# Constraints on Acceleration Given Endpoints of Motion

1. May 11, 2013

### Kakashi24142

1. The problem statement, all variables and given/known data
A particle of mass M moves on the X-axis as follows: It starts from rest at t = 0 from the point x = 0 and comes to rest at t = 1 at the point x = 1. No other information is available about it smotion at intermediate times (0 < t < 1). If α denotes the instantaneous acceleration of the particle, then prove that |α| must be ≥ 4 at some point in its path.

2. Relevant equations
$$\int_0^1{v(t)\,dt} = x(1) - x(0) = 1\\ \int_0^1{a(t)\,dt} = v(1) - v(0) = 0\\$$

3. The attempt at a solution
If constant accelerations of equal magnitudes are assumed for the period of acceleration and the period of deceleration, one obtains that the acceleration is 4 for the first 1/2 second and -4 for the last 1/2 second. I can see why the statement is true given these calculations, but could someone suggest a more rigorous way to prove this?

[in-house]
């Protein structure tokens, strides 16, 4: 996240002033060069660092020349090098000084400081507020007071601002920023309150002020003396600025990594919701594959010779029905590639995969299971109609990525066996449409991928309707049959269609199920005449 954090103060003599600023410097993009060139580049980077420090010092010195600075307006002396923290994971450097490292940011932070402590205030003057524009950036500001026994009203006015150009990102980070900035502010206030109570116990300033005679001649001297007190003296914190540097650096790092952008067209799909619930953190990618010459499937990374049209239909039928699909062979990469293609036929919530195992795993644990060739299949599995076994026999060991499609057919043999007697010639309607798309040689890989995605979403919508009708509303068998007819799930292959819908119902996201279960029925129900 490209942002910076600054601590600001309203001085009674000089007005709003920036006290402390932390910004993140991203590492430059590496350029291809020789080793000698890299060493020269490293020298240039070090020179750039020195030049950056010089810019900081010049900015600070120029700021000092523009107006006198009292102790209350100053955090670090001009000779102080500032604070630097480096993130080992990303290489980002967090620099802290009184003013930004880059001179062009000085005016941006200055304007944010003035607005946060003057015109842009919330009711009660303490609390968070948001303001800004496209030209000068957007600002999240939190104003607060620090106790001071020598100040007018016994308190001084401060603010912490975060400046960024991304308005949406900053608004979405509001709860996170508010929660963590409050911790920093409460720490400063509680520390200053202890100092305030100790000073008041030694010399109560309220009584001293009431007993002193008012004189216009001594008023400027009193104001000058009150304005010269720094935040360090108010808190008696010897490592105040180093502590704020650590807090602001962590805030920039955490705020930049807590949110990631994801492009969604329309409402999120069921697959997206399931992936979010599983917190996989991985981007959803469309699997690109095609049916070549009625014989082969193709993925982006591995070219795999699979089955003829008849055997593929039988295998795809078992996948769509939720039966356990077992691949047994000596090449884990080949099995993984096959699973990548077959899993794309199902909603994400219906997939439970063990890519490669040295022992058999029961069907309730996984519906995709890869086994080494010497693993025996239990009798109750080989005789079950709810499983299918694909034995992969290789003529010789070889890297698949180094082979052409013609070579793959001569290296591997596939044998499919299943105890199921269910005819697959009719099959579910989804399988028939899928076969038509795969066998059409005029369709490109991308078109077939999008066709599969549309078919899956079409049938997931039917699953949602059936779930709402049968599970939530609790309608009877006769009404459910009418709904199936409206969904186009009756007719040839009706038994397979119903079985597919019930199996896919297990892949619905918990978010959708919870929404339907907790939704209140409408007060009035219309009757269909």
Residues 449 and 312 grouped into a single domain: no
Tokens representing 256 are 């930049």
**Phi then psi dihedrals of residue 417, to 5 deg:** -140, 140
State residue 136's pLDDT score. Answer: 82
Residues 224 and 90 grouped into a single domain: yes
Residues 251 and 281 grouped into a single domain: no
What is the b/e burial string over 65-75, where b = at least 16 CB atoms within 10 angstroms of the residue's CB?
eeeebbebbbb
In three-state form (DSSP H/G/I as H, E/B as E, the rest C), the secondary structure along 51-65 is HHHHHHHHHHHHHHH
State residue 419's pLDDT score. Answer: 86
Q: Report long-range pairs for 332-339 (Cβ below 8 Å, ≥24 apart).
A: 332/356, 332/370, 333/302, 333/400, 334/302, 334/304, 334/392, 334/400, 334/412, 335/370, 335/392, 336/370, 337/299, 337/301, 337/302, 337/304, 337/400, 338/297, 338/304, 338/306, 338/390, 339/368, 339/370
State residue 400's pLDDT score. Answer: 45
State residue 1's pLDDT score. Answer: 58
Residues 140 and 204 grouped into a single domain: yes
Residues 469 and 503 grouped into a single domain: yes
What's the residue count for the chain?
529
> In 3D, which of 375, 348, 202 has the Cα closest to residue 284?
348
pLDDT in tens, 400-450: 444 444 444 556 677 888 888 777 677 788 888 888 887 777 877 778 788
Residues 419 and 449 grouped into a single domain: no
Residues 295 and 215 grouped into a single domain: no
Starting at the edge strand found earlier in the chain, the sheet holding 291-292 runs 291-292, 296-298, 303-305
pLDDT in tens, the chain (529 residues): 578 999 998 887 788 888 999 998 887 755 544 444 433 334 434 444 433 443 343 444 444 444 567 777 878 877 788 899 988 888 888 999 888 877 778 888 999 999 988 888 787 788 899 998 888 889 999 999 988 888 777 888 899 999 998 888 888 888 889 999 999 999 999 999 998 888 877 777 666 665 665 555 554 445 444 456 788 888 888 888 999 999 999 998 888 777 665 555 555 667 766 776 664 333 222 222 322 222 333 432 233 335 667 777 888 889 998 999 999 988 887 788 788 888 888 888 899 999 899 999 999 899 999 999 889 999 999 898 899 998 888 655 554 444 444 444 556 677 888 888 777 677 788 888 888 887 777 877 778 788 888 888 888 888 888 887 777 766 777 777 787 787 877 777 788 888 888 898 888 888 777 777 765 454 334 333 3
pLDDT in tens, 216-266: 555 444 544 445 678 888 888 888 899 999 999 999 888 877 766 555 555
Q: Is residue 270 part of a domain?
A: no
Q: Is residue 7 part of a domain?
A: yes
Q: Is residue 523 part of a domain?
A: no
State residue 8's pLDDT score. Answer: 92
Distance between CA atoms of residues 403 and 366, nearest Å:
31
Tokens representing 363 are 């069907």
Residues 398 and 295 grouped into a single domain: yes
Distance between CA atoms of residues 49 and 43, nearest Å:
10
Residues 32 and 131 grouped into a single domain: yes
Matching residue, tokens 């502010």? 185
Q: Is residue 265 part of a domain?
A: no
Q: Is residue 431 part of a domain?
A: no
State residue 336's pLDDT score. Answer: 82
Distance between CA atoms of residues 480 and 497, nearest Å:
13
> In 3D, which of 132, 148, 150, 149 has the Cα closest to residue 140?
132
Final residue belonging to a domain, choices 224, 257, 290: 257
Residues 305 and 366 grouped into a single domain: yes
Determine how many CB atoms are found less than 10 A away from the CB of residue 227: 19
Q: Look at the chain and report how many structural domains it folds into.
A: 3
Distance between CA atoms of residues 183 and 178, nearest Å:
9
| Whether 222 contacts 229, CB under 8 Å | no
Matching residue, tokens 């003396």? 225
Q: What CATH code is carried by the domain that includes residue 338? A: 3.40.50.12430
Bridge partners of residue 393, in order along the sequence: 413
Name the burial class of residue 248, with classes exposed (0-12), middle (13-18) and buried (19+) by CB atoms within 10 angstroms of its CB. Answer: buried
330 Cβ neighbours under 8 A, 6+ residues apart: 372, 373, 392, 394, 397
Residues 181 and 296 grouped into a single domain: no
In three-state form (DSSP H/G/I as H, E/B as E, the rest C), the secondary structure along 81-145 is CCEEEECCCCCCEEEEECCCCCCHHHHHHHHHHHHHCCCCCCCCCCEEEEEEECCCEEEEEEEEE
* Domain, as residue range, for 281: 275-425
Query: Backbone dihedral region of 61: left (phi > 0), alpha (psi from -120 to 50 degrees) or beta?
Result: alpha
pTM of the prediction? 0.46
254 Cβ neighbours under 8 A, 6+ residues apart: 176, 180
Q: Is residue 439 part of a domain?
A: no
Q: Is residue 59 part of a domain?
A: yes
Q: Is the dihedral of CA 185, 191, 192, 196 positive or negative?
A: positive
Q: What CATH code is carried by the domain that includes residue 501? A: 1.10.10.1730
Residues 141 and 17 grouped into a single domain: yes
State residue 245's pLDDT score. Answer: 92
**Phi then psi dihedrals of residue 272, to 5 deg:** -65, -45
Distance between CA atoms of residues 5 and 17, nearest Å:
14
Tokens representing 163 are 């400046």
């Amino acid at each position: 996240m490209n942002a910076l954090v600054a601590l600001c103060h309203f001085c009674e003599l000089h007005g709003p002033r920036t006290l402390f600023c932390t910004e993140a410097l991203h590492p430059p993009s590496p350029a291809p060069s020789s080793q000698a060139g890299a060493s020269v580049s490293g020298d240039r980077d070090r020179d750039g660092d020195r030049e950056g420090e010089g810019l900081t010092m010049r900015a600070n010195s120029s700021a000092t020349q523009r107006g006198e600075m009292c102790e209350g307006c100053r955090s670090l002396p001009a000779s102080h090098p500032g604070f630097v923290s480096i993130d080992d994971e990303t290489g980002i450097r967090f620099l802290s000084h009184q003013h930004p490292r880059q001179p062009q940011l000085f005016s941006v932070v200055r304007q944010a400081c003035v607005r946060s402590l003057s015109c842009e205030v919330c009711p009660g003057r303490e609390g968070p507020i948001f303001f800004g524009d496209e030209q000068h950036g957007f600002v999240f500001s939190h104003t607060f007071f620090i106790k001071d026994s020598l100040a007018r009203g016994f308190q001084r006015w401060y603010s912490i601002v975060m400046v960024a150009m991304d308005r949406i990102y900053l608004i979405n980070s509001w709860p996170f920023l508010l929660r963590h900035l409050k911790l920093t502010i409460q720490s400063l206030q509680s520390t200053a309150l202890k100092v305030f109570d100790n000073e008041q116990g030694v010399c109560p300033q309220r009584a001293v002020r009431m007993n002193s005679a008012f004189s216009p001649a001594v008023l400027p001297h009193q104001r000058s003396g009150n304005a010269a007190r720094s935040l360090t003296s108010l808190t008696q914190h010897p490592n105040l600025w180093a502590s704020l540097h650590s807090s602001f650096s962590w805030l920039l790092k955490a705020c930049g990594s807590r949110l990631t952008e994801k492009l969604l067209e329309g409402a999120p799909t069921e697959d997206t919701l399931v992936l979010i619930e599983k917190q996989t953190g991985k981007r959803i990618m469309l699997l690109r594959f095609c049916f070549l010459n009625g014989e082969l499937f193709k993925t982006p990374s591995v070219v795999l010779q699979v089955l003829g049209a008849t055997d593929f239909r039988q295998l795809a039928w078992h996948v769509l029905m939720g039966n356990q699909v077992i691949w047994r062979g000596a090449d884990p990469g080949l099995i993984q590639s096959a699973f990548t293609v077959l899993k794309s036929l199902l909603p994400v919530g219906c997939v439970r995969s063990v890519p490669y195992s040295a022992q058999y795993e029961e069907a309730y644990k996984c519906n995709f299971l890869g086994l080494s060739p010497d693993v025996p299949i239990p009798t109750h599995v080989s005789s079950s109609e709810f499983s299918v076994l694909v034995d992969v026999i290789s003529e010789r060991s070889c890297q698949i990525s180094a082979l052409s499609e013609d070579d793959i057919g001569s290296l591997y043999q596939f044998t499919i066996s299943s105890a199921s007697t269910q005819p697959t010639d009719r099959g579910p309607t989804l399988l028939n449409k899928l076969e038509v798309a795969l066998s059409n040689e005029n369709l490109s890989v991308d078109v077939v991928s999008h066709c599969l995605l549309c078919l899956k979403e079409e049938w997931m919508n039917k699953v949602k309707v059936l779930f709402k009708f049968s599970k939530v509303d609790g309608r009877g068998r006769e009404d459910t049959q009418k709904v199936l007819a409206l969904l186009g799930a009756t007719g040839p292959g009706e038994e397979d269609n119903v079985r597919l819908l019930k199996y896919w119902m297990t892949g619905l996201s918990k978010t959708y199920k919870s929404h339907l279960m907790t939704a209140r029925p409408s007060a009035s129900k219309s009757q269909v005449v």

2. May 11, 2013

### Staff: Mentor

If |α| <=4, what is the quickest way to reach x=1? You can use symmetry to consider the acceleration part only, if you like.
If |α| <4, can you still have the same time?